The history of Khat chewing in Yemen dates to the pre-Islamic Era, and now it is commercially cultivated in the mountains of Sanaa and Taiz. Various studies conducted in Yemen have shown that nearly 90% of the population including medical students in Aden University are addicted to Khat, although it is classified as “drug of abuse” by the World Health Organisation (WHO) [5,6]. Khat chewing has recently become common among pregnant women in Yemen with approximately 41% reporting prenatal use. In previous decades, Khat chewing by women and children was considered unacceptable, but recently, its use among these populations has increased and become more socially acceptable [7].

A large number of the population in Jazan, located in the southern province of Saudi Arabia and shares a border with Yemen, are also active Khat chewers. However, unlike Yemen, the impact of peer pressure is higher among male users than females [8,9]. A study conducted among the students in Jazan reported that the majority of those who chewed Khat were also smokers and that Khat chewing placed its users at a high risk for poor academic performance [10].

Various studies conducted among Khat users show that there is an element of cultural identity and a mistaken social role attached with this practice which is magnified in light of the appalling state of unemployment in the country [11-13]. Khat distributors and sellers are also making use of these sentiments while grossly violating the general trade standards and regulations. They justify this abomination by claiming to be providing a community service by creating an environment for social interaction among their customers [14].

The habit of Khat chewing affects the systemic and oral health by severely altering the phenotype and function of immune cells [15]. Generally, the Khat leaves are placed in the mouth in the lower distal mucobuccal fold creating a noticeable pouch. Furthermore, the leaves are chewed for a lengthy amount of time which causes loss of periodontal attachment and presents either as an increased pocket depth or gingival recession. The mechanical and chemical irritation in the oral cavity later develops into mucosal white lesions and dark pigmentation [16]. Although Khat chewing may reduce the risk of gingival and periodontal inflammation, it appears to encourage attachment loss at the site of chewing [17].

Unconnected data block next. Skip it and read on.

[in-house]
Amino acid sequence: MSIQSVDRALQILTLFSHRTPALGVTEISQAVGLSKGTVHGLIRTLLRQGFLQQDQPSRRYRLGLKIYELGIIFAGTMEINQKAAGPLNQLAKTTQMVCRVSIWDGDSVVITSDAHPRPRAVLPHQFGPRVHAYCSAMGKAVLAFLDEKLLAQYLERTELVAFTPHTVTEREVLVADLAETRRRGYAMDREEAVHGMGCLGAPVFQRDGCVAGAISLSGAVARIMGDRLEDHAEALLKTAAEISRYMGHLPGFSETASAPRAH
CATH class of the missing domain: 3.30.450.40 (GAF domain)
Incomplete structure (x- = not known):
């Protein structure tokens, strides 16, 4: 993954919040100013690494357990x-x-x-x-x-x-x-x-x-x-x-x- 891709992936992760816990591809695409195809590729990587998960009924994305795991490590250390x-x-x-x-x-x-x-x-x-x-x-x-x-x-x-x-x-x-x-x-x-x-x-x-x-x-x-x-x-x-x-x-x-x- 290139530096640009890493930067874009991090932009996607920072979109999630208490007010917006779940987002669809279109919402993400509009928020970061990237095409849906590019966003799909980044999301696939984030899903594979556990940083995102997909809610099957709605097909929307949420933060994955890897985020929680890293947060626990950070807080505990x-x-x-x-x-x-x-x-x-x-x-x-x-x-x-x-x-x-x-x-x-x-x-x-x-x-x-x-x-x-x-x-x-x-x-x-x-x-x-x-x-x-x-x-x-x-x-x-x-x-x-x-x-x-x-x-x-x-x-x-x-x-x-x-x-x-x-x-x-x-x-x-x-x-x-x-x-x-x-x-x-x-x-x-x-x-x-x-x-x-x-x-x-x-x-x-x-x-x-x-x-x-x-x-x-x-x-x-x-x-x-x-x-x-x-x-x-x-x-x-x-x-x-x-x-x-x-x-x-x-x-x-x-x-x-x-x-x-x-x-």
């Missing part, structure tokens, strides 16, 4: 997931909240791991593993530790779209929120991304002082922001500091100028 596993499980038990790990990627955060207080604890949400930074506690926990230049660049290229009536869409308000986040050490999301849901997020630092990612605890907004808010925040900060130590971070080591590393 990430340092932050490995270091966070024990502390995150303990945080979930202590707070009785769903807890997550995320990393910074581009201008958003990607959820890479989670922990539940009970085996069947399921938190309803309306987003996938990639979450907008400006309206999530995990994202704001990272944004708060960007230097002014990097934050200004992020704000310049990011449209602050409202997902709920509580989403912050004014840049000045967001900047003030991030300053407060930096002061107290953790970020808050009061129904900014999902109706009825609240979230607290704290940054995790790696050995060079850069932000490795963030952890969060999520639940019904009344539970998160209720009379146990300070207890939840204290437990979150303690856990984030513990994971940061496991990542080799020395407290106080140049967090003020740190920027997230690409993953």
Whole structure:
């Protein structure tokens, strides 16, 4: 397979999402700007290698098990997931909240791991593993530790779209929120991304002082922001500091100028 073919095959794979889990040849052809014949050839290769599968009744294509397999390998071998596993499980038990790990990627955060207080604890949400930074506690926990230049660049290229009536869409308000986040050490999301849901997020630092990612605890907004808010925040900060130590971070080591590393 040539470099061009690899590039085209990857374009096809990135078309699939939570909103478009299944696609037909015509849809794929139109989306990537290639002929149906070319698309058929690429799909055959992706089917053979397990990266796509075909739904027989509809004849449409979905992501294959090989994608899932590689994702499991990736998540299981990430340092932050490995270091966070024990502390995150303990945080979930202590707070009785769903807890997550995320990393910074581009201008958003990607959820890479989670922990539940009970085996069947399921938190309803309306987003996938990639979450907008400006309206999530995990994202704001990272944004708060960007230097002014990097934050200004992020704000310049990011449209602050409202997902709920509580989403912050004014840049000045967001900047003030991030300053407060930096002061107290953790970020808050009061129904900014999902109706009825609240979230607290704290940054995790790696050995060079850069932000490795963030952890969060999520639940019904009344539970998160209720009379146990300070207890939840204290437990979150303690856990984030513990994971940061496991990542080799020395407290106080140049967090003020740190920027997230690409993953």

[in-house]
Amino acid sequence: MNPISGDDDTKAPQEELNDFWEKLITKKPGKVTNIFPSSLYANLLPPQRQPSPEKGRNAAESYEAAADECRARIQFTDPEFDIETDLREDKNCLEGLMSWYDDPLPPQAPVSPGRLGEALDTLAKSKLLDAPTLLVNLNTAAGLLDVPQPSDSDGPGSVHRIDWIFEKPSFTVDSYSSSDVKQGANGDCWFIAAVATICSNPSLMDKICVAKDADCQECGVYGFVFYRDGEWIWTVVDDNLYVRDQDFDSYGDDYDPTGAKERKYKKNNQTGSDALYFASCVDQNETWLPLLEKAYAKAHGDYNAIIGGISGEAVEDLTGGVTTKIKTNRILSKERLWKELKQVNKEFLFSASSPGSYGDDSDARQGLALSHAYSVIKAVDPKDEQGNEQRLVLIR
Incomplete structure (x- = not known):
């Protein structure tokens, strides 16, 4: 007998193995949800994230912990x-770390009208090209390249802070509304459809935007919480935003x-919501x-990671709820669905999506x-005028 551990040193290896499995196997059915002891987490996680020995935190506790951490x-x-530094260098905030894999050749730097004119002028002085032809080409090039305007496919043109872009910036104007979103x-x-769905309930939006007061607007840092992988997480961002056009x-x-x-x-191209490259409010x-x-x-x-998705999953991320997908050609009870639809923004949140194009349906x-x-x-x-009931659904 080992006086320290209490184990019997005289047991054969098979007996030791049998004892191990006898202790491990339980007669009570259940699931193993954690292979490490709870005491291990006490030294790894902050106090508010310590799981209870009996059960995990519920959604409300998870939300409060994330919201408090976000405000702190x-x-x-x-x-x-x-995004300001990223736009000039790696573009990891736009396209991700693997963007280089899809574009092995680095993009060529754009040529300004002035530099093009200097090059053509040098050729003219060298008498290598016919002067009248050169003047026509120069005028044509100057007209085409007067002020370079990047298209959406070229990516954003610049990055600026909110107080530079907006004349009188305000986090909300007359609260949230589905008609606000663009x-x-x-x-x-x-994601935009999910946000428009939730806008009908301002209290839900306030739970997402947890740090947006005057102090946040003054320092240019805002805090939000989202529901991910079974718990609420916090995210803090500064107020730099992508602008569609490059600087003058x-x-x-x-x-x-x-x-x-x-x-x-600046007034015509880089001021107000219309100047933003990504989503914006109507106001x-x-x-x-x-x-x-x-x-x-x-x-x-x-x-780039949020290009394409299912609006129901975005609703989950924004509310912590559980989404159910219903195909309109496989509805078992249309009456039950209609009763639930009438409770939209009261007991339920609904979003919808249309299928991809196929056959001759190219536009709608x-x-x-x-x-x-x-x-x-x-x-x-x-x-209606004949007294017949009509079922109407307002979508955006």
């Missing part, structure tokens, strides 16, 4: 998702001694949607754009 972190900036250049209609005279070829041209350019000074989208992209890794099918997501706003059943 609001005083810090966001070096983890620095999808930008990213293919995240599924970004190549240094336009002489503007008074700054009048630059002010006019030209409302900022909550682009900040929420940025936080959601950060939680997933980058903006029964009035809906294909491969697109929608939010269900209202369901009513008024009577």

There is a paucity of literature regarding the association between Khat chewing and TMJD. The objective of this study was to assess the effects of Khat on oral health among Khat chewers in the city of Aden, Yemen.

Materials and Method

Study design

A prospective study was carried out among Khat chewers in Aden, Yemen, between October 2013-October 2015. The first part of the study consisted of designing, developing, and pilot testing the questionnaire based on content validity, and pretesting among ten respondents randomly selected from the study participants.

Study population

A convenient sampling technique was utilized. A sample of 240 active Khat chewers (205 male and 35 females) was selected from different locations in Aden.

Study instrument

Demographic details of the respondents were gathered along with other specific questions through a questionnaire developed to collect adverse reaction information related to Khat chewing.

Inclusion and exclusion criteria

Active and consenting Khat chewers were included in the study. Exclusion criteria included subjects who were suffering from systematic illnesses and non-Khat chewers. Each individual completed a medical and dental history and signed an informed consent form. All participants accepted oral examination in a room exposed to direct sunlight and each one answered the questionnaire investigating various aspects related to their oral health and chewing habits. The study protocol was approved by the Research and Ethics Committee at faculty of dentistry, Aden University.

Data analysis